While on a business trip, Officer Pechorin stopped at a house near the Black Sea where an old woman and a blind boy lived.
At night he saw the boy going somewhere, followed him, and found out that the blind man was connected with smugglers. Pechorin threatened to turn them in to the authorities, for which they tried to kill him. The attempt failed, and the smugglers disappeared, leaving the blind boy behind.
Then Pechorin went to the waters, where he decided to conquer the beautiful princess. Unexpectedly, the princess was visited by a distant relative, the officer's former mistress. He began to meet with her again, courting the princess to divert his eyes. The cadet, who was on vacation at the water, saw Pechorin leaving his mistress' room at night, believing that he was visiting the princess, and spread rumors about it. Pechorin killed the junker in a duel, after which he was exiled to the Caucasus.
In the Caucasus Pechorin served under the command of a staff-captain who became his friend. One day the officer fell in love with a beautiful Circassian, the daughter of a mountain prince, and he exchanged the girl from her younger brother for a horse, which he stole from a militant mountaineer. The Circassian became Pechorin's mistress and quickly bored him. He began to leave frequently to go hunting.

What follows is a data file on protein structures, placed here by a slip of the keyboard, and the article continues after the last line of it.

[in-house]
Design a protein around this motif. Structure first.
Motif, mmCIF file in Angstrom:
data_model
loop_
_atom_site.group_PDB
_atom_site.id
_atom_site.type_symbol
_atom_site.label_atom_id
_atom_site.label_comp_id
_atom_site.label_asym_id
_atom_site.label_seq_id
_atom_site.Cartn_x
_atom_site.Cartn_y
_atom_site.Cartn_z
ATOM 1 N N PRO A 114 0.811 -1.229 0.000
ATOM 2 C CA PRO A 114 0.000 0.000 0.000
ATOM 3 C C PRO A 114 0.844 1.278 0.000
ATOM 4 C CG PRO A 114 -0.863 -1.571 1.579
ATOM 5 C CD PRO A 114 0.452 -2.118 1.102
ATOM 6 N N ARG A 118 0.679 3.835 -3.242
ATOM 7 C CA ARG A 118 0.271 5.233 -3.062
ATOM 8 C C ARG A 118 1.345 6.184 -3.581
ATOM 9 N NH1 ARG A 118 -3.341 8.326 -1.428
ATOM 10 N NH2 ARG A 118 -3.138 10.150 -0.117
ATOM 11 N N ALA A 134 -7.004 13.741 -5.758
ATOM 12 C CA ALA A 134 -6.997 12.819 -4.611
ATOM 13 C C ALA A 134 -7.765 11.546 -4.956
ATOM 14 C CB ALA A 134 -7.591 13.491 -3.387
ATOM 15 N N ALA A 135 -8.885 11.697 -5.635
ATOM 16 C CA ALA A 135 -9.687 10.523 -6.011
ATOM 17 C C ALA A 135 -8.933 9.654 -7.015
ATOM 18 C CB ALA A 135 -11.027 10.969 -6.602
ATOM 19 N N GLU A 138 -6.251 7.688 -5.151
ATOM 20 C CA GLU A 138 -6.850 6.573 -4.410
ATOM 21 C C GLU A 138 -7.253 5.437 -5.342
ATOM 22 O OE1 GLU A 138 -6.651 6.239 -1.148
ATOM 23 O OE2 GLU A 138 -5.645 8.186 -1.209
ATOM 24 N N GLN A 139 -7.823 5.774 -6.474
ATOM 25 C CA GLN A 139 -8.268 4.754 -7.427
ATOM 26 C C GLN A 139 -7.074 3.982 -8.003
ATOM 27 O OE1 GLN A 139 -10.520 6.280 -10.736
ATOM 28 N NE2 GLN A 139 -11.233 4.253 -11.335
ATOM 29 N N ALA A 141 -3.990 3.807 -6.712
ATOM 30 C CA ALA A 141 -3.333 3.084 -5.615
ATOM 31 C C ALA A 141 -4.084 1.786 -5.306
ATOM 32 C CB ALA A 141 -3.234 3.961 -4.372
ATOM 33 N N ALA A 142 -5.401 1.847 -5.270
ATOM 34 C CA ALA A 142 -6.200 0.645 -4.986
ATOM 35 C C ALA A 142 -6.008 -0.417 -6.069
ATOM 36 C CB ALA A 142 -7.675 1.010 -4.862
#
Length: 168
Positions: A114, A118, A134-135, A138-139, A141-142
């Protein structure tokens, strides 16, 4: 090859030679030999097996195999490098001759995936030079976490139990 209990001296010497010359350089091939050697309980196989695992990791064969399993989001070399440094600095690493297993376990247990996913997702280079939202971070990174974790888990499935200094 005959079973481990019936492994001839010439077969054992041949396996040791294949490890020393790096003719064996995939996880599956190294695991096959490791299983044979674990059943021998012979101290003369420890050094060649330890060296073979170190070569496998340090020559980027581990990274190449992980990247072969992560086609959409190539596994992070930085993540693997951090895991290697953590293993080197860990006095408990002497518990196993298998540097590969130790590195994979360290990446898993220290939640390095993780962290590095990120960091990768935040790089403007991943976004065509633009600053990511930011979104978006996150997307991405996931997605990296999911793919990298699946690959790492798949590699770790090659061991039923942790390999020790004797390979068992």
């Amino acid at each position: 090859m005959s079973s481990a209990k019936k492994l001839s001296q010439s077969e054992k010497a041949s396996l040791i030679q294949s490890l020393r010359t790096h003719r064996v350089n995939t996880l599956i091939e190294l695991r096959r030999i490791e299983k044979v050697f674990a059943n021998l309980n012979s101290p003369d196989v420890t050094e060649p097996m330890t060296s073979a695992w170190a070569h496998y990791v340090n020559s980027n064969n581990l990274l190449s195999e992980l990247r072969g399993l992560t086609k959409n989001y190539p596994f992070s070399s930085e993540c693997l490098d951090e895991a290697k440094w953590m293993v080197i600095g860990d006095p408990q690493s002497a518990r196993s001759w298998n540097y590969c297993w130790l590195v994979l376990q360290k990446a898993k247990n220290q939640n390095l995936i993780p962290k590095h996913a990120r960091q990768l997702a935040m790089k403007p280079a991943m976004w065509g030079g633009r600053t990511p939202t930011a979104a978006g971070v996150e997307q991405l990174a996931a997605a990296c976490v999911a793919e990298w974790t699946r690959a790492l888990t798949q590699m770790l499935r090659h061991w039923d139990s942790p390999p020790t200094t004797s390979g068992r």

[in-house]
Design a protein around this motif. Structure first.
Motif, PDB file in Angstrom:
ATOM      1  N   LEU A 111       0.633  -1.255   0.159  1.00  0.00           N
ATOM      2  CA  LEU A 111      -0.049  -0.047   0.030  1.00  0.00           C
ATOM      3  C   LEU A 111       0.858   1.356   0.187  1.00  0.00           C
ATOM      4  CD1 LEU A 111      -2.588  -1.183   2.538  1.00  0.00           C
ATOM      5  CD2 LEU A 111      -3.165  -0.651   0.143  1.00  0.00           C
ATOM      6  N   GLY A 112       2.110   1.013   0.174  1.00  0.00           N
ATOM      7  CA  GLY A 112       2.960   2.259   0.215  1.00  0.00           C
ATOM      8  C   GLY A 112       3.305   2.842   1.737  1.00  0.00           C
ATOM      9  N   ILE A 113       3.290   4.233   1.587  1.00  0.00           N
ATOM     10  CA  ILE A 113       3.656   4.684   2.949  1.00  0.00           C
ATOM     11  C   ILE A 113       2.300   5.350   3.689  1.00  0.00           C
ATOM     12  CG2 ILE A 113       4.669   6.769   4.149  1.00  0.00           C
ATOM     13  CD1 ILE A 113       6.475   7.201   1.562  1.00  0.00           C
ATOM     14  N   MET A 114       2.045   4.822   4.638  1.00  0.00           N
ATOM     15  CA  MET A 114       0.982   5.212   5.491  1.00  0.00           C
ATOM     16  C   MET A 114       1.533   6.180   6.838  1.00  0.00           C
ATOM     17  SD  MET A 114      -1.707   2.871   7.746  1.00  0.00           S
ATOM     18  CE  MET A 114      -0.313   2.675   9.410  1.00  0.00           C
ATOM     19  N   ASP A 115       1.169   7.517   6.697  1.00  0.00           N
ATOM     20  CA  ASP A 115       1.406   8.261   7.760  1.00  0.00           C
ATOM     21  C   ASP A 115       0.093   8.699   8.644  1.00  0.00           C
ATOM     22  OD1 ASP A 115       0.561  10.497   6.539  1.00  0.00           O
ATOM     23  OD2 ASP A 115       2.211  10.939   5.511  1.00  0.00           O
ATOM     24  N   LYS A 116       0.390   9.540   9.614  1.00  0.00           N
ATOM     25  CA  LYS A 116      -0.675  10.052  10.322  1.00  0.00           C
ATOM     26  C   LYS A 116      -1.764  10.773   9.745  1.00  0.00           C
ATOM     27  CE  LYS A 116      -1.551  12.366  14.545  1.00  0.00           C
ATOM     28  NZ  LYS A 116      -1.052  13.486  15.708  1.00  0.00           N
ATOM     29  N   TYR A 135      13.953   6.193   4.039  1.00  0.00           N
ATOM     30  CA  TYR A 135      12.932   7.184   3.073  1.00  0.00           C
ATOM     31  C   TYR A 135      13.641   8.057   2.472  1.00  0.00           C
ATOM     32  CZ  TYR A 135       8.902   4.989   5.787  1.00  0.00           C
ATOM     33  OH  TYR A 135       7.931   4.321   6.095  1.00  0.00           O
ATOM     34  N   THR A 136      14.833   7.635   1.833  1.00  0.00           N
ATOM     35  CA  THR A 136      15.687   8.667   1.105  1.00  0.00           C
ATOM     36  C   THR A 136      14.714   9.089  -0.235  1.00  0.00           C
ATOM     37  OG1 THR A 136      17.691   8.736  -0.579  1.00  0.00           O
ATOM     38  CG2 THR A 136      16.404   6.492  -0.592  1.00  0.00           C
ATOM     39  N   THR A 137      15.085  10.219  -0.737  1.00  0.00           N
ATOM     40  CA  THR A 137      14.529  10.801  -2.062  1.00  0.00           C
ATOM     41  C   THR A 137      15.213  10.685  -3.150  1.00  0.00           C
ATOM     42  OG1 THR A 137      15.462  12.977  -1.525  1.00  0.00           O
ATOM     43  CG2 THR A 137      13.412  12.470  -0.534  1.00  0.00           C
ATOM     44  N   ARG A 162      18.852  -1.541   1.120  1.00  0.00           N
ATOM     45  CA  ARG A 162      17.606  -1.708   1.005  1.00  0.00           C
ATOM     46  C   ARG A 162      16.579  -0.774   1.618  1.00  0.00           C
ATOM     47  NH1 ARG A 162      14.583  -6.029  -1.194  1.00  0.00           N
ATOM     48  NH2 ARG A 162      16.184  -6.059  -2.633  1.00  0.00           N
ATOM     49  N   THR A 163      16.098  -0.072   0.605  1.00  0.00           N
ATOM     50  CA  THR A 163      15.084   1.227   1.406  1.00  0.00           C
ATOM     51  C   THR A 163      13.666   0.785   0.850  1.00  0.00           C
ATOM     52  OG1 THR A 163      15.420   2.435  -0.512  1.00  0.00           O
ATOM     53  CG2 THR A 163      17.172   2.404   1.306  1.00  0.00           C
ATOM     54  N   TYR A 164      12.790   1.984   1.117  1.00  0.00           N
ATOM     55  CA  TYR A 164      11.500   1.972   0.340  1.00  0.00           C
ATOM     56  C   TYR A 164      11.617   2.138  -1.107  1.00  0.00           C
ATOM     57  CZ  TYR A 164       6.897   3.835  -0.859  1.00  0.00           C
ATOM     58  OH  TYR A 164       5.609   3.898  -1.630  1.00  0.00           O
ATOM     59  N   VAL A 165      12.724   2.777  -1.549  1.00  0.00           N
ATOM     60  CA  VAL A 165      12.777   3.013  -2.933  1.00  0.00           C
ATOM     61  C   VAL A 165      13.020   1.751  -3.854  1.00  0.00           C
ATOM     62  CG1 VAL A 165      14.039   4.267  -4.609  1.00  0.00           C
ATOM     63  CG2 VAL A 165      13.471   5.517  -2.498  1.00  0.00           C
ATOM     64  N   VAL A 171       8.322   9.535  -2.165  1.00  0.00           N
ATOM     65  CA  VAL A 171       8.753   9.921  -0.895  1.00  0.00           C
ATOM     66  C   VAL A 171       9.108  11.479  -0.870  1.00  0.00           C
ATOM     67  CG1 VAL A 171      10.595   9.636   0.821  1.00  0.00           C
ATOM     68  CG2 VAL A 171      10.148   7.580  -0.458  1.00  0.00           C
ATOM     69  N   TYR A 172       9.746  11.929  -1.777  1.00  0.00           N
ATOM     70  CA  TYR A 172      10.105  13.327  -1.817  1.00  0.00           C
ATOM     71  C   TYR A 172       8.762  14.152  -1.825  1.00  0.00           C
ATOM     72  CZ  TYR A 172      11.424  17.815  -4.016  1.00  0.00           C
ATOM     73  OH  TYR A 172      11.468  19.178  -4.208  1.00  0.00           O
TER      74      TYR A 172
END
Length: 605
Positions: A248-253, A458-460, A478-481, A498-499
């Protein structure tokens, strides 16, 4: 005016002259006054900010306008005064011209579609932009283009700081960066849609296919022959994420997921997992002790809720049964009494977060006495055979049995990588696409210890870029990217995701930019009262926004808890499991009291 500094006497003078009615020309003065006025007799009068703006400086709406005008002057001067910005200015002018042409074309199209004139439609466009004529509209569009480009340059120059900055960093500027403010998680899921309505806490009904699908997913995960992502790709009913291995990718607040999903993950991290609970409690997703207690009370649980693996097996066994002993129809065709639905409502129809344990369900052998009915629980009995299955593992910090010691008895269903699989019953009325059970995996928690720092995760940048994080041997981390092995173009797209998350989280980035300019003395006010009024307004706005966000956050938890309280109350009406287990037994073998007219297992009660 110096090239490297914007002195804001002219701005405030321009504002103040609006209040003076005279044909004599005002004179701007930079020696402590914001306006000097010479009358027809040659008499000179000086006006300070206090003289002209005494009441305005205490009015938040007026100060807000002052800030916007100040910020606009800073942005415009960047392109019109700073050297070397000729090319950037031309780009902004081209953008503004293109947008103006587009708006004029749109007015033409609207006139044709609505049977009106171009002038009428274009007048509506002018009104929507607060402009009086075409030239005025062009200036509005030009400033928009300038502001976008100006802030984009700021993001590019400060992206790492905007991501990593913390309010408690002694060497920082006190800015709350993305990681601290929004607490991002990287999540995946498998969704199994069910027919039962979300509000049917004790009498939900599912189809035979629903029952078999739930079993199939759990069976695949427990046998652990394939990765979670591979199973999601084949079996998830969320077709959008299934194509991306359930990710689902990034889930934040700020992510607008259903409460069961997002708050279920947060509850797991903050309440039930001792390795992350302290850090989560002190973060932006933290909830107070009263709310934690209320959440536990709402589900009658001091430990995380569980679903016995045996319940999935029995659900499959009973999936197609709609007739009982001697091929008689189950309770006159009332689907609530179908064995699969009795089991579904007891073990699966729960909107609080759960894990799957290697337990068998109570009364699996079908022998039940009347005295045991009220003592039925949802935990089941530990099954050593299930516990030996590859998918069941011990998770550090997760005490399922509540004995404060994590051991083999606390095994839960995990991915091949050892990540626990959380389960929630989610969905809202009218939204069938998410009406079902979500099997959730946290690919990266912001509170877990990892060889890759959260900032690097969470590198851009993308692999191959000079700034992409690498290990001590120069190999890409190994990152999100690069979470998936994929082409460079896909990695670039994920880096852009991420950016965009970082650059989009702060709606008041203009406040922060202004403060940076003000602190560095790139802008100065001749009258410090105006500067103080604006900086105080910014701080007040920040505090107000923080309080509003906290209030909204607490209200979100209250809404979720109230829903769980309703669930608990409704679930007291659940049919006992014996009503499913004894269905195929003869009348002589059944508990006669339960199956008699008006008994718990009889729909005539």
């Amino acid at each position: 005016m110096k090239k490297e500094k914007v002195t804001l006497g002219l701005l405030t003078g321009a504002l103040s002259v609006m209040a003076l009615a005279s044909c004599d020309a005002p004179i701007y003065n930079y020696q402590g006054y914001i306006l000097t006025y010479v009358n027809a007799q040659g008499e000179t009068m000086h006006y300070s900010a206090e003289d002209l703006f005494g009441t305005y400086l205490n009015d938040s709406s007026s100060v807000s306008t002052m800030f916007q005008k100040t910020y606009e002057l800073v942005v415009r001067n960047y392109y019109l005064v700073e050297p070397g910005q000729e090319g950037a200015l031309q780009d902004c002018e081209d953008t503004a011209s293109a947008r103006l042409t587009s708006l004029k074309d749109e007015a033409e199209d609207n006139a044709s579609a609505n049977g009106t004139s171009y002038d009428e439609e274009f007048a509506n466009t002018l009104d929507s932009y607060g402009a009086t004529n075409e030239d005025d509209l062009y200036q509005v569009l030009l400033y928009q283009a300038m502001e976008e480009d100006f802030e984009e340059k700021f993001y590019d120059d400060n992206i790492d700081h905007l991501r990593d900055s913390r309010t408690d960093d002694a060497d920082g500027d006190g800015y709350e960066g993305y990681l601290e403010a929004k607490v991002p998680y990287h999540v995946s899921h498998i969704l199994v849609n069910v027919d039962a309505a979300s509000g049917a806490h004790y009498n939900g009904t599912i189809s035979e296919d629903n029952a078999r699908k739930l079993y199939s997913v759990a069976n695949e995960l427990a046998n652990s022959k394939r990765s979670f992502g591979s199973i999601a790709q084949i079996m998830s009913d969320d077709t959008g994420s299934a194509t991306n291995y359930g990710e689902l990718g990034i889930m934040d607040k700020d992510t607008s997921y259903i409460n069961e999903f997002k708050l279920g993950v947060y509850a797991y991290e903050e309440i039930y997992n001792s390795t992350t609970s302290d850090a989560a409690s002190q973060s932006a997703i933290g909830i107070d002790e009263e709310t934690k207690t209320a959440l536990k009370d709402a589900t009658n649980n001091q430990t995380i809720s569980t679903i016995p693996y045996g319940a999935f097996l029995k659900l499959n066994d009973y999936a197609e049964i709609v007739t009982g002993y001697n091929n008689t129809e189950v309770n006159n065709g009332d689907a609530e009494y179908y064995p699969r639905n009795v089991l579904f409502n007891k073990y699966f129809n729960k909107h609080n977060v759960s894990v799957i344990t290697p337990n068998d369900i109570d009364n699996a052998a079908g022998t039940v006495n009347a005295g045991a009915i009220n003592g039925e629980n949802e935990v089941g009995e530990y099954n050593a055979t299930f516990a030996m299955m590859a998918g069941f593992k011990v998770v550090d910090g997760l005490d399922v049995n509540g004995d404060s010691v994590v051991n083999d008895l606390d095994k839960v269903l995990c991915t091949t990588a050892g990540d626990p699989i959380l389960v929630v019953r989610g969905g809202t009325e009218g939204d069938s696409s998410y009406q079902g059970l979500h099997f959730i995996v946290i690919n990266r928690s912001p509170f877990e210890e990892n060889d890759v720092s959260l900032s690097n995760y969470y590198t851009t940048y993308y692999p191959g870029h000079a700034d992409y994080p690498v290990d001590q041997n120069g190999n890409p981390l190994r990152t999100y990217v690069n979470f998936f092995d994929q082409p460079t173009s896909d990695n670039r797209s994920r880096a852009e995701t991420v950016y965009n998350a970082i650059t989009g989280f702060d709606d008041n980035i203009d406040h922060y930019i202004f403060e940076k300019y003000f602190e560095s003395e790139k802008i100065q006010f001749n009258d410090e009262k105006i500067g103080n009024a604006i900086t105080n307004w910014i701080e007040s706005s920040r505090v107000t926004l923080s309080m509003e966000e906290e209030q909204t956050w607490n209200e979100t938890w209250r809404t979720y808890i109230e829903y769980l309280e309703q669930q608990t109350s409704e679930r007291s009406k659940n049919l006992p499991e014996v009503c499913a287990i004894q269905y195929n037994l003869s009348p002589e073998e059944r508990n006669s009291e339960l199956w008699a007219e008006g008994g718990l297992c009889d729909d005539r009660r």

During one of his absences, the bellicose mountaineer kidnapped the Cherkeshenka and left her, mortally wounded, to escape his pursuit. The Circassian girl died in Pechorin's arms. He was transferred to another unit, but his friendship with the staff-captain was not interrupted.
At the new place Pechorin's comrade-in-arms decided to test his fate with a Russian roulette. The gun misfired, but the next day a drunken Cossack killed the fellow soldier. Pechorin also decided to try his luck and got into the house where the murderer was locked up. The Cossack fired a shot, but only grazed the epaulet on the officer's shoulder. Then Pechorin told the staff-captain about the incident, but the old man did not believe in fate.
Then Pechorin and the staff-captain parted for a long time. The staff-captain was left with the officer's diary. During a chance meeting he wanted to return it, but Pechorin, who was going to Persia, did not want to communicate with his old friend and left without saying good-bye.
In the original the novel is divided into two parts.
The narrator-officer, wandering through the Caucasus, meets Staff-Captain Maxim Maximych, a former commandant of a fortress on the southern borders of Russia.
He told him about Grigory Pechorin, who had served under his command.
Pechorin and Maxim Maximych quickly became buddies. One day the local Highland prince invited them to a feast. There Pechorin saw Bela, fell in love and decided to steal the girl from her father's house.
From Maxim Maximych, Pechorin learns that Bela's younger brother likes the horse of Kazbich, one of the Prince's guests.
The boy was willing to do anything for the sake of the horse and even offered Kazbich to steal his sister for him, but the latter refused.
You see how sometimes a little occasion has cruel consequences.
Pechorin decided to take advantage of this and promised the boy he would help steal the horse from Kazbich as a reward for Bela. The boy brought Bela to the fortress, took the horse, and disappeared forever.